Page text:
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Jeannine Cook

Jeannine Cook

Mentioned by Pliny the Elder in his Natural History, metalpoint drawing can claim an illustrious artistic heritage, with its use in the Middle Ages in monastic scriptoria and later, as silverpoint, by Dürer, da Vinci, Rembrandt and others.

Among today’s artists, I am one of a few fluent in this technique. As a contemporary artist, I seek to go far beyond the traditional use of metalpoint, while the very fact of using this ancient technique – a veritable slow art – is at the center of my practice. My drawings of nature act as witnesses, questioning their subjects in an intimate, meditative way,

Working with scale to reveal what is usually hidden to the eye. I am interested in geological time, our planetary history and elements of nature older and more venerable than humans. By drawing with a humble metal stylus, I seek to align my work both with the primordial earth and also with the cultural, even archetypal, role of the artist through the ages. My dialogue with stones, bark, leaves, vines or trees allows me to create a personal reflection of the natural world. I celebrate the hidden inner worlds of plants and minerals, all part of this exquisite, fragile nature around us which has supported human life for millennia and is now under great environmental pressure.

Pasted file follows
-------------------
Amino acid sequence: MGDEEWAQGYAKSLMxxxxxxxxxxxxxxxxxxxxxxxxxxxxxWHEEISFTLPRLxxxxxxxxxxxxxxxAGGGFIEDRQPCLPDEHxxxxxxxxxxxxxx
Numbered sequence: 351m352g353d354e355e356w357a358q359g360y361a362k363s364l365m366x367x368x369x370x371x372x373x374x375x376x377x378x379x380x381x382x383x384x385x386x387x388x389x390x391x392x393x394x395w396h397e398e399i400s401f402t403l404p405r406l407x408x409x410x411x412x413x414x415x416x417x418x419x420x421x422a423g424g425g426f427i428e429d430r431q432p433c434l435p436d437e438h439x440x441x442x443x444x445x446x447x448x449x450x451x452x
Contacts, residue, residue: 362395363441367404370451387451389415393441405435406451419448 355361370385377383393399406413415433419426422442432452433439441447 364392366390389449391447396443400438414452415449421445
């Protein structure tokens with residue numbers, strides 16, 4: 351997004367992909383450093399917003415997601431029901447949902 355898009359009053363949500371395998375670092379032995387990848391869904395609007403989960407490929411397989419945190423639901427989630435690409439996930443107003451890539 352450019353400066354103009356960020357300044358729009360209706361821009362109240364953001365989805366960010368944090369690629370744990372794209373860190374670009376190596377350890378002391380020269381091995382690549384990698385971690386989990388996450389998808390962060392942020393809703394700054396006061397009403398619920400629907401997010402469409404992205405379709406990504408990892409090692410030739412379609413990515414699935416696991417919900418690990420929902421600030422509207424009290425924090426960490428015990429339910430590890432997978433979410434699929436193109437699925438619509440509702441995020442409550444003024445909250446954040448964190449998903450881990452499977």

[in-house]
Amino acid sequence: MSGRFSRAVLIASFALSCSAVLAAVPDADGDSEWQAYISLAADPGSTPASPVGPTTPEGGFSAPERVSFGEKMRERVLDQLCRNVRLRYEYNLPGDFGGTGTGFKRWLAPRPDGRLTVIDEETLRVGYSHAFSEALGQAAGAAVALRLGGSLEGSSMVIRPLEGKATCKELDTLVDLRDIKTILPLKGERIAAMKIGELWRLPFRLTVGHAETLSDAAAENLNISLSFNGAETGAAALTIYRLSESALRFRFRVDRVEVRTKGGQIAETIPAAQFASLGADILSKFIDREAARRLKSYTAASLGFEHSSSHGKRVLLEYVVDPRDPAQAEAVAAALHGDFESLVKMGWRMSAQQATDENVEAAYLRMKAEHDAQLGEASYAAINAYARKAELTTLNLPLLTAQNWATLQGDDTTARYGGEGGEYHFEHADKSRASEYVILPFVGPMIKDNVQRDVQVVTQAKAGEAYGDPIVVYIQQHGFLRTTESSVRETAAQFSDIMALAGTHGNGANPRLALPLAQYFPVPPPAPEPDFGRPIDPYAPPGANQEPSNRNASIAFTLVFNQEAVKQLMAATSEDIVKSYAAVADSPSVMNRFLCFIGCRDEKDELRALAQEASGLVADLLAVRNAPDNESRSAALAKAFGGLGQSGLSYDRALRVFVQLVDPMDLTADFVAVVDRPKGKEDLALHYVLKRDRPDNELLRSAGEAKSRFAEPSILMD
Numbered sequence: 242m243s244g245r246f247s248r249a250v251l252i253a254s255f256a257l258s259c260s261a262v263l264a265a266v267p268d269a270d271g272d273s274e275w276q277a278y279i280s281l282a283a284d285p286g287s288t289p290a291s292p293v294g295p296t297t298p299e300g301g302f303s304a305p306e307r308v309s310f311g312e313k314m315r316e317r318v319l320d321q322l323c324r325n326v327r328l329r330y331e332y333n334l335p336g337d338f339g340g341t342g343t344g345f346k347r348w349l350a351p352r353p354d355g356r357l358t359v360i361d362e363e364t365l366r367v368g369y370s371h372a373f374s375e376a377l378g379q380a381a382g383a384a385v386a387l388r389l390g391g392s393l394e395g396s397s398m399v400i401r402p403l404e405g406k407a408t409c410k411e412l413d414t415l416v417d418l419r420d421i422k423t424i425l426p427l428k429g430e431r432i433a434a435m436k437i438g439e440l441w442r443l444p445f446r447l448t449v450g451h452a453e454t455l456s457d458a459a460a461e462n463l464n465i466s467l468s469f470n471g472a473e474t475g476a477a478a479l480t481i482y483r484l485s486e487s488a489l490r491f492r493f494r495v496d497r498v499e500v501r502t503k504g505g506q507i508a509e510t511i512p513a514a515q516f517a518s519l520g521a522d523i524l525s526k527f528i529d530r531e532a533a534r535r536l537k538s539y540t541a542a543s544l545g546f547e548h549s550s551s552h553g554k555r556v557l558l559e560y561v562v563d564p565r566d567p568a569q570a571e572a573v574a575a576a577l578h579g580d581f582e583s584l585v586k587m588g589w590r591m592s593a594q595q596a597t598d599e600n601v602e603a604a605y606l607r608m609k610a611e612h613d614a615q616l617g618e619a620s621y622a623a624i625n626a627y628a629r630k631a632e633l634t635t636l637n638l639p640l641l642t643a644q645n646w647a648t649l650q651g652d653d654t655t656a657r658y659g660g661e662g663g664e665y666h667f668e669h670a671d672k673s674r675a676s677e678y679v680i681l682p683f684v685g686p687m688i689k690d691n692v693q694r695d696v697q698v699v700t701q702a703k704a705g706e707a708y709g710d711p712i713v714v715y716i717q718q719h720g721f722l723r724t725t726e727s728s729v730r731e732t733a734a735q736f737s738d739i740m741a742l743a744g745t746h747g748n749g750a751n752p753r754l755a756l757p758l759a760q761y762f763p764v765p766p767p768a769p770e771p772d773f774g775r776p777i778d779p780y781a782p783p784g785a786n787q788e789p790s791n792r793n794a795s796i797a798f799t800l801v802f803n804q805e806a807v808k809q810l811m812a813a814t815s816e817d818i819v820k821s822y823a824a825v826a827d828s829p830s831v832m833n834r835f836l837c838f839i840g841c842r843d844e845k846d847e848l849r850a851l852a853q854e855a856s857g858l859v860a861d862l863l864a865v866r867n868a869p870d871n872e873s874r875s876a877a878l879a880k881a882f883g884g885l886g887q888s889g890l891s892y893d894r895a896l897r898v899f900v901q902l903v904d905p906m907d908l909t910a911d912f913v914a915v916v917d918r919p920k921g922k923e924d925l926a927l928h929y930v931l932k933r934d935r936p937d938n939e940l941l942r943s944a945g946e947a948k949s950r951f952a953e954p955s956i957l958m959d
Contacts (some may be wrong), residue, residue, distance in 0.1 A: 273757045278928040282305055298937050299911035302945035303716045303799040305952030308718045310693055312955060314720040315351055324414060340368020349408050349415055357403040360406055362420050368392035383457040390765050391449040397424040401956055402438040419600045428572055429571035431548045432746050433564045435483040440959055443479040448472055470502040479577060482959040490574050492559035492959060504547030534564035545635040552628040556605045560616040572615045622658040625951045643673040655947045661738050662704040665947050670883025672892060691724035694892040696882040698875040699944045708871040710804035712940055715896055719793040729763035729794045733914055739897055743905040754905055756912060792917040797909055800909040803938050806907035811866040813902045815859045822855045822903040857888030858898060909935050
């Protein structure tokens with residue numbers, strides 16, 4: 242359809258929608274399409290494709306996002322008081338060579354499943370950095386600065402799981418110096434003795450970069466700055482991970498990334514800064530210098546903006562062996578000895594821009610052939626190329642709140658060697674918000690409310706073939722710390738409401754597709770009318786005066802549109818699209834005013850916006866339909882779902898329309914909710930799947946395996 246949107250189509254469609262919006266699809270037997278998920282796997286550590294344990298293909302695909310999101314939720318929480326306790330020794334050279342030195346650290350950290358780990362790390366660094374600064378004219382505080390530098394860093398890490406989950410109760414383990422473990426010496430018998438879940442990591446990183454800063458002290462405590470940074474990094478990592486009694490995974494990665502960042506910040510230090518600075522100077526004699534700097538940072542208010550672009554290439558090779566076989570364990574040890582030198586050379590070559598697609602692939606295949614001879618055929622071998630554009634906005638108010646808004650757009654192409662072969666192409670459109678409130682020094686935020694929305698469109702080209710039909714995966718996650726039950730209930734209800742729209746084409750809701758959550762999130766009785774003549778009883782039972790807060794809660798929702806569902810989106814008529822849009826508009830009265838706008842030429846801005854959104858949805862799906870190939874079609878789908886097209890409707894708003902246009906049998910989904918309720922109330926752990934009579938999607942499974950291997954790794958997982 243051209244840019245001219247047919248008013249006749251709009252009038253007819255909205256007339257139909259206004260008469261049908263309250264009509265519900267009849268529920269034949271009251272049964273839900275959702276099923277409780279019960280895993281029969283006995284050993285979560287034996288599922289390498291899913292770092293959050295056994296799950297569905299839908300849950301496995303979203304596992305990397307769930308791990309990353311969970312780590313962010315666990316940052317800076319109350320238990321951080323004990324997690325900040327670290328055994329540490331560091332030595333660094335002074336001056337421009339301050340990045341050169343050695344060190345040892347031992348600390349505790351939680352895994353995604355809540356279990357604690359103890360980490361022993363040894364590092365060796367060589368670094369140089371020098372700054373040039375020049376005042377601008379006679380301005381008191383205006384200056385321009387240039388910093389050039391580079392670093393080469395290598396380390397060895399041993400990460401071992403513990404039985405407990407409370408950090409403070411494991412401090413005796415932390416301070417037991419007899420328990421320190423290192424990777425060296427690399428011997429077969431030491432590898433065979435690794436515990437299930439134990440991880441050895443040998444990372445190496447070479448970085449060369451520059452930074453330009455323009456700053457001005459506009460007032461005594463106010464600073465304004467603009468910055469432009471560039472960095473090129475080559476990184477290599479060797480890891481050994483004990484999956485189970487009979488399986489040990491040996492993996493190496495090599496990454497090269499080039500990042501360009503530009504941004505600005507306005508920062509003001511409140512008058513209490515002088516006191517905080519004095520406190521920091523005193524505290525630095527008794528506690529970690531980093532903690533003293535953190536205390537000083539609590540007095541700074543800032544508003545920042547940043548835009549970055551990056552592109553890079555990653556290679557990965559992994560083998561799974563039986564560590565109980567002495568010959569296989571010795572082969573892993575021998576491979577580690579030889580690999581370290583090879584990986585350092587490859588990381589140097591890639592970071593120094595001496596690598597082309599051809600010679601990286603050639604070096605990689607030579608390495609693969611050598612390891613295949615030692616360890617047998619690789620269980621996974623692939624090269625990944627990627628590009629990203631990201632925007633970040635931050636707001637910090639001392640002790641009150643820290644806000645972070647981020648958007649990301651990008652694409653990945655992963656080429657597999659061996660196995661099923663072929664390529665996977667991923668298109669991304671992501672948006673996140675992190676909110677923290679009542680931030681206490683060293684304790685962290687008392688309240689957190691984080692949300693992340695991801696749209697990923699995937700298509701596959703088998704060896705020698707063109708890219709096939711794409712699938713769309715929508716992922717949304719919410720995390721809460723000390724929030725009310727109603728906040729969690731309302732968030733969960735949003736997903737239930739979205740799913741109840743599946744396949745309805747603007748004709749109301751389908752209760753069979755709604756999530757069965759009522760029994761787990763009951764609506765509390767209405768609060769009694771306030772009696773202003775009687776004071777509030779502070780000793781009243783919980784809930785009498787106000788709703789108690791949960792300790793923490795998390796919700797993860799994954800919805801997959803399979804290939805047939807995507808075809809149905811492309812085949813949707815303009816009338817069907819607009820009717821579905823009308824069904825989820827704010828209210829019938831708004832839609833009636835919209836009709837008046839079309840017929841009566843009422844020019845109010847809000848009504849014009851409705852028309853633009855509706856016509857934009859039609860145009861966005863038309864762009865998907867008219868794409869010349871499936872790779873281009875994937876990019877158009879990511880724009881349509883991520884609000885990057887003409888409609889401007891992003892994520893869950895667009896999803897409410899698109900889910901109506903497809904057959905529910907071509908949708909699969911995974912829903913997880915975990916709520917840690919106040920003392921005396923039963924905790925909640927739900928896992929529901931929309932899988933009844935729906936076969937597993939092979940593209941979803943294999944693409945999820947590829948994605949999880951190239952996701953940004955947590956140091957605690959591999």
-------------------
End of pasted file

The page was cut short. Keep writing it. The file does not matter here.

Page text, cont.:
In addition to the abiding concentration on nature which infuses my entire body of work, my recent practice has been deeply informed by matters both of place and of time. Recent works accomplished between 2018 and 2021 express my artistic encounters with the terroirs of America, Japan, Australia, the Balearic Islands of Spain, French Burgundy and Portugal. I am currently working on palimpsest concepts, situated at the nexus in my own life where "place" encounters "time" in layers of present and past.

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Instagram: Jeanninecookartist


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